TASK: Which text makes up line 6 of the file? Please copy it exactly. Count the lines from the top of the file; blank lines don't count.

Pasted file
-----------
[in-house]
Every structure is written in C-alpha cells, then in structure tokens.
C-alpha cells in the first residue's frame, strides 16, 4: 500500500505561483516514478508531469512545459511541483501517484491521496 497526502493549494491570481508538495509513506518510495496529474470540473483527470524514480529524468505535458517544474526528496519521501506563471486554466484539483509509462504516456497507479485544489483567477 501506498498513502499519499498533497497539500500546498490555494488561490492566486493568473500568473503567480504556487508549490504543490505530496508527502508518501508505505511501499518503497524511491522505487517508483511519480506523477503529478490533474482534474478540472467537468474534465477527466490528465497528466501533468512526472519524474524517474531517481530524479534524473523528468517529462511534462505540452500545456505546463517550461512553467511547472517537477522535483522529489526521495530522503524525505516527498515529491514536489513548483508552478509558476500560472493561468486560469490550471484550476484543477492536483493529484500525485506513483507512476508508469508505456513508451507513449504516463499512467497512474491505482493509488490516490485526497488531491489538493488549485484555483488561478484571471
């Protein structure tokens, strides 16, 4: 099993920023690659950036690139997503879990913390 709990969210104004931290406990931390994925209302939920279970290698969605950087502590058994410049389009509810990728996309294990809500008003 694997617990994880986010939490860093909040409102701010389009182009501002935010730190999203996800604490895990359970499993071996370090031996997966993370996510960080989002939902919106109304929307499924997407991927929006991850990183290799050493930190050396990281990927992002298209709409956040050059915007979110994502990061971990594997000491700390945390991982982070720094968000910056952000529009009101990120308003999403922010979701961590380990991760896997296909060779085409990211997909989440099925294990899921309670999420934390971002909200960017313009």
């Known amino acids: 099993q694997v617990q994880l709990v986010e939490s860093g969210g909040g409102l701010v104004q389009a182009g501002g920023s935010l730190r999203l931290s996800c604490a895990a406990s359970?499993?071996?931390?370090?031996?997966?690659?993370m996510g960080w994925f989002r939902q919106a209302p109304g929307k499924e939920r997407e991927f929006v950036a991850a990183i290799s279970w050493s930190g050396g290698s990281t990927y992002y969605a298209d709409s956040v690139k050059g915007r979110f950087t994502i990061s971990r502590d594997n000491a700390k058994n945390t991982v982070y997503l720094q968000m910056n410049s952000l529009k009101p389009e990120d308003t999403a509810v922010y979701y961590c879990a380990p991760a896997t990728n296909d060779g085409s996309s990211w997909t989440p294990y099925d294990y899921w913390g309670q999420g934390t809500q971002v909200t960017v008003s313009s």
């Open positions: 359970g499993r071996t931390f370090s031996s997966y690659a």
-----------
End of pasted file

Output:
């Open positions: 359970g499993r071996t931390f370090s031996s997966y690659a």